In the state of Rajasthan, Congress (I) opportunistically promised to release some of the TADA detainees prior to the last state elections. Some of these 41 persons, most of whom belong to the Muslim minority, were kept in jail for more than 10 years and a few had been arrested by a former BJP state government. The party formed a coalition government in December 1998 but it took more than two years before the Chief Minister finally freed eight of the prisoners.

Kuldip Nayer, a prominent journalist, has warned how the new powers will be used. “The police will run still more amok. Indira Gandhi exploited the monster-like TADA machinery to destroy the values. The agenda of the BJP-led Government is no different. It wants to create fear so that the minorities and dissenters feel terrified. Even small protests will be used to frighten the nation of the ‘dangers’ if the critics were not silenced. In the same way, any agitation against the globalisation, which is getting increasingly exposed, will be suppressed through the proposed ordinance. Economic reforms, whatever they mean, will be forced down the throat of the nation, even when they have failed to deliver the goods.”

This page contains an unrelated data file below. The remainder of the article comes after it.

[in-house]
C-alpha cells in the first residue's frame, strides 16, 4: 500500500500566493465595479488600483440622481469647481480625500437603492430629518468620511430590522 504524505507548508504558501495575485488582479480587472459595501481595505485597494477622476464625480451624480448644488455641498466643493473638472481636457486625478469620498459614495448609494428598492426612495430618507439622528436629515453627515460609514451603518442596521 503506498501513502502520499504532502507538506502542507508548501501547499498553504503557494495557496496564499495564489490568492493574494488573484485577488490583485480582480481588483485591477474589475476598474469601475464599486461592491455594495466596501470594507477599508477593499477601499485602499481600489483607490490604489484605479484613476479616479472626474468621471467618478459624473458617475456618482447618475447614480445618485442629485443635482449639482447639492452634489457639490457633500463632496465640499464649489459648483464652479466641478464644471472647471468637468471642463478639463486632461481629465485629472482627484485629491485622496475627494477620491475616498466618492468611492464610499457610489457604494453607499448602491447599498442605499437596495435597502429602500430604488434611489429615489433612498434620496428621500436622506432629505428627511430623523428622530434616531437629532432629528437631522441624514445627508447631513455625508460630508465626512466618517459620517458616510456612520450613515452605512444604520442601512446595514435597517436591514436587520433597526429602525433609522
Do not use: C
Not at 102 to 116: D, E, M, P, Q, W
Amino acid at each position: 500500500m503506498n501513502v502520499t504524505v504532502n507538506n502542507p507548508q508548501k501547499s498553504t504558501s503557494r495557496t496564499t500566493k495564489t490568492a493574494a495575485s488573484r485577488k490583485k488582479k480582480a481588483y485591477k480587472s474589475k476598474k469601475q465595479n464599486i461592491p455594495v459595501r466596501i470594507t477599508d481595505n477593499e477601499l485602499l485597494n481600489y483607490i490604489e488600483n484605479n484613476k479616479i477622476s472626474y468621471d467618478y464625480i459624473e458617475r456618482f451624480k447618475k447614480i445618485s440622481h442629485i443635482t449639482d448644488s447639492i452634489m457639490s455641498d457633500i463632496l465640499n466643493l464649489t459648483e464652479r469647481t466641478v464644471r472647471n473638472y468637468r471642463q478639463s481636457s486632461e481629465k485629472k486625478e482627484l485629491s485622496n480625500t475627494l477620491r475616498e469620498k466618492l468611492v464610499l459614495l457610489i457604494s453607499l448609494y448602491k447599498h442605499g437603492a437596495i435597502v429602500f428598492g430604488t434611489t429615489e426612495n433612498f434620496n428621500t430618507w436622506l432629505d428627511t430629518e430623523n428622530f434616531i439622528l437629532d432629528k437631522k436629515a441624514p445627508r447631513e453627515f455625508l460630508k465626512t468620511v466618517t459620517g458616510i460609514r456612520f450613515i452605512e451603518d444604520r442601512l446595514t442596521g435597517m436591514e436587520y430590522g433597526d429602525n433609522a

Some concerns have been expressed in ruling circles about the misuse of the new powers. The Times of India described the POTO ordinance as “the first concrete indication that civil liberties are also going to be a casualty of the new ‘war against terrorism’.”

The Indian Congress (I) and other opposition parties have criticised the measures but have no fundamental differences. Just like the BJP, they all define terrorism as the “core” reason for the war in Afghanistan and India’s conflict with Pakistan. Congress has accused the government of inefficiency and corruption, demanding stricter implementation of the existing legislation.

While the Communist Party of India (Marxist) (CPI (M)( reacted along similar lines and issued a statement expressing its “strong and unambiguous opposition” to the ordinance, the CPI (M)-led Left Front Government in West Bengal has proposed its own version called the “West Bengal Prevention of Terrorism Ordinance”. The BJP’s allies in India’s coalition government—the Telugu Desam Party of Karnataka and the Dravida Munnerta Kazhagham of Tamil Nadu—also expressed reservations but focused mainly on technical formalities.

The government needs the backing of the opposition parties to get the POTO ordinance passed as legislation in parliament by mid-November. If the government fails to win a majority, the ordinance will cease to operate six weeks from the parliamentary session’s opening date. It is not yet certain whether a deal will be struck. But on their past record, it is likely that the opposition parties will support the further erosion of democratic rights in the name of “fighting terrorism” and “national unity”.